Indiana Hunters Access Private Lands

Indiana Hunters Access Private Lands | Shooting Sportsman Magazine
Photo by Shutterstock/Piotr Krzeslak

Comprising almost 36,000 square miles, Indiana is the 38th-largest state by area, but it’s also home to about 6 million people, with about 96 percent of the state’s land privately owned. This creates serious access issues for wingshooters seeking places to hunt.

Thankfully, the Hoosier State offers a solution: The Indiana Private Lands Access Program (IPLA) pays landowners to allow controlled public-access hunting on their property. Owners are teamed with state wildlife biologists to create a management plan—including habitat improvements—and they receive $25 per acre for Intensive Game Management Enhancement and $8 per acre for Non-intensive Game Management Enhancement.

Previously, the IPLA operated in conjunction with the Grasslands for Gamebirds and Songbirds Initiative in five regions. Now the IPLA is available to landowners in most of Indiana, providing even more hunting access. Resident or nonresident hunters with a valid state license for the game species sought must apply through the online reserved hunt system, and they may apply for one private-land hunting area per season. Lucky applicants are notified about two weeks after the online deadline. A limited number of hunters are allowed to access a particular property on any one day. Hunters must sign a liability waiver, and they may be accompanied by two partners. Hunting is by foot only, with no motorized vehicles or boats allowed, and all state game regulations apply.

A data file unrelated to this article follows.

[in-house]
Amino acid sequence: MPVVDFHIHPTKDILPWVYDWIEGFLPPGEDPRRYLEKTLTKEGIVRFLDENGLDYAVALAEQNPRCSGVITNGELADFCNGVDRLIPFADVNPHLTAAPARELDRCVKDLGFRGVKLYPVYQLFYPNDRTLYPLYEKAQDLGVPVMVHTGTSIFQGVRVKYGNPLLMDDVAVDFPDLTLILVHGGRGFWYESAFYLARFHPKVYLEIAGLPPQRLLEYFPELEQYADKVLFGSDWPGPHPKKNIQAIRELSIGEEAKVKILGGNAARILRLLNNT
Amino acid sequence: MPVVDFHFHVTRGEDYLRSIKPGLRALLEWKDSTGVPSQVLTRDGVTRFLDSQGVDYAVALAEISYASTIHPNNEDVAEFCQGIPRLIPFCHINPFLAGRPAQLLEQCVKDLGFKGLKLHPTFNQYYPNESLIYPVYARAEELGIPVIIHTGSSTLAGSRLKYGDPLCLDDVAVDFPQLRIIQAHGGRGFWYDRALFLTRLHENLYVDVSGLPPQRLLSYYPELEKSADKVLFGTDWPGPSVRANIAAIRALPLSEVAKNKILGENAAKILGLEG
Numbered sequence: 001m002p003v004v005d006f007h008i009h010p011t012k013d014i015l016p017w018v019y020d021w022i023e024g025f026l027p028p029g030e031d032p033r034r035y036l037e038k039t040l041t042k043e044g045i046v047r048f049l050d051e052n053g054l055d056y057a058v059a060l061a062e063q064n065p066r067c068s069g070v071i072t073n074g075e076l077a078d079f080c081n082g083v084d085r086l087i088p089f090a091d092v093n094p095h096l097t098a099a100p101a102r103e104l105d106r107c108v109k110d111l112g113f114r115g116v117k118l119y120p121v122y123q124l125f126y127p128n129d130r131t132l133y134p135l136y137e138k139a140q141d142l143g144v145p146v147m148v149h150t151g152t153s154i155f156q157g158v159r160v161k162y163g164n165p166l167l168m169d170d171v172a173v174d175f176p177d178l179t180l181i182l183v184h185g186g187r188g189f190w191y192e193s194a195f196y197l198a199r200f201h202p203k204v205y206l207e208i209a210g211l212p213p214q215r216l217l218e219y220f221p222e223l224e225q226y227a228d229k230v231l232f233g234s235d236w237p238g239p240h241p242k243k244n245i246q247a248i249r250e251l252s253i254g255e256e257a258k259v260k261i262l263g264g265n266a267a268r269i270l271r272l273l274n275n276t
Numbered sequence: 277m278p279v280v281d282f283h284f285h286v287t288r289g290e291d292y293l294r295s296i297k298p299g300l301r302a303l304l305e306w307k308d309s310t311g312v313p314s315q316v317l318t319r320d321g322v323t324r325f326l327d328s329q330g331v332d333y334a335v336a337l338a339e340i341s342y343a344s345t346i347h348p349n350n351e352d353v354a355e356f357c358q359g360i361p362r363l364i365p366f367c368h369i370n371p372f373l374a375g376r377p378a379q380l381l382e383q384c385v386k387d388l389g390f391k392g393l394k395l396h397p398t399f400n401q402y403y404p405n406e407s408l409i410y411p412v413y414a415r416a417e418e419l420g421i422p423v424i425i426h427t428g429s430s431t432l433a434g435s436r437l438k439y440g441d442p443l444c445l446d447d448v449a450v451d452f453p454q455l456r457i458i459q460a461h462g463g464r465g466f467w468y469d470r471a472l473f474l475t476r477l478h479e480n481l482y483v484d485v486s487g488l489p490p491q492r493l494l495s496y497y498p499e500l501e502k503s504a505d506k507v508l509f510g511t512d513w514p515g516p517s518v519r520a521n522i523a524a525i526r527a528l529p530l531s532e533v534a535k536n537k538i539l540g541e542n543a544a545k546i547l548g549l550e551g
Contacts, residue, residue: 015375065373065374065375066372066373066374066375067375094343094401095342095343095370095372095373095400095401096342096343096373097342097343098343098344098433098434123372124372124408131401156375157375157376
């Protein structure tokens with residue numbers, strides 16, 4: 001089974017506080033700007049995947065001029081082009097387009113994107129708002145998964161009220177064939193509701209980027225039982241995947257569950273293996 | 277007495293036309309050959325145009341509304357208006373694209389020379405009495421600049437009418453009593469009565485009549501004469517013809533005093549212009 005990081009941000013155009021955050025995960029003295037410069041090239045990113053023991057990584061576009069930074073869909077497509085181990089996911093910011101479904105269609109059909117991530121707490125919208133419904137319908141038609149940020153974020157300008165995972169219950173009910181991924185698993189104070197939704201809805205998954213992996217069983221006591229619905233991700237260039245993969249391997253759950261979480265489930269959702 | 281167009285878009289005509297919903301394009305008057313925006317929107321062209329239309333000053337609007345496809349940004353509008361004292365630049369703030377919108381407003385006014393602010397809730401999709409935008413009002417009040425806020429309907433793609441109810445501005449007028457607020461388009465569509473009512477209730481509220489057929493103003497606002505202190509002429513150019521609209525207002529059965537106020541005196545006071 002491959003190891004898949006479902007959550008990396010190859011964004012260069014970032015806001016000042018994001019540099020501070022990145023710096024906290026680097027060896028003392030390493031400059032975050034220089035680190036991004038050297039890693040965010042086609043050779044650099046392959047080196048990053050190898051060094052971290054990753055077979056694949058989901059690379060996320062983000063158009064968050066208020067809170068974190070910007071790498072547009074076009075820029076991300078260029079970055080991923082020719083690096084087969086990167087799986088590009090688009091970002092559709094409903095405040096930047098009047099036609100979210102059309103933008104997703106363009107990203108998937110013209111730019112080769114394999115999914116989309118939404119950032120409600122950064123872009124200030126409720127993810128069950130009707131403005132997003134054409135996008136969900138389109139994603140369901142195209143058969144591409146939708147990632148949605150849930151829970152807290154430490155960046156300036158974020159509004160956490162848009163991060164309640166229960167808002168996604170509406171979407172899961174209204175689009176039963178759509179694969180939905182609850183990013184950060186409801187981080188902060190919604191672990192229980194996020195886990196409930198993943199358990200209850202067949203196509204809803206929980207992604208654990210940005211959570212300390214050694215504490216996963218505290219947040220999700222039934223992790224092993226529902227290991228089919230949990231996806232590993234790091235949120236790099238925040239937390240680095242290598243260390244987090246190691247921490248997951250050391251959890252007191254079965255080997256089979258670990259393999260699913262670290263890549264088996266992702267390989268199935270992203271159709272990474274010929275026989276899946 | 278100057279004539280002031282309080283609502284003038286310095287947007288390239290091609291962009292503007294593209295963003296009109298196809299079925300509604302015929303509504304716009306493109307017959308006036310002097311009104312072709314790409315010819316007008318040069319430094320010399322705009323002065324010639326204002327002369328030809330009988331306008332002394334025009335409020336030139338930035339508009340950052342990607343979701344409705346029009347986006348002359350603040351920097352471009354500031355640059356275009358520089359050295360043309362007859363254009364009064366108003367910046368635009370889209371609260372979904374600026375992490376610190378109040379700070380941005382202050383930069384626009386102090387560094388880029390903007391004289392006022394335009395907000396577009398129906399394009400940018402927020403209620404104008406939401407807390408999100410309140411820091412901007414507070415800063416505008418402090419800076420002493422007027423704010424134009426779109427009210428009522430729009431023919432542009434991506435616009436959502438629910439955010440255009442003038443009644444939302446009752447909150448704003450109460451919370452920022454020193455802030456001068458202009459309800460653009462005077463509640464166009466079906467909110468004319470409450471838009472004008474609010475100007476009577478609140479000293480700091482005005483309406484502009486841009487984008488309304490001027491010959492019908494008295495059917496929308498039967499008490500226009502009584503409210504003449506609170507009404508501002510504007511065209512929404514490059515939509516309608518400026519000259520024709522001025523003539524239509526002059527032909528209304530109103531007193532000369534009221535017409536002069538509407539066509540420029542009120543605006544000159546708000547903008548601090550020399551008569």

In 2020 the deadline for online applications was in September, so hunters should start planning soon. For more information, visit

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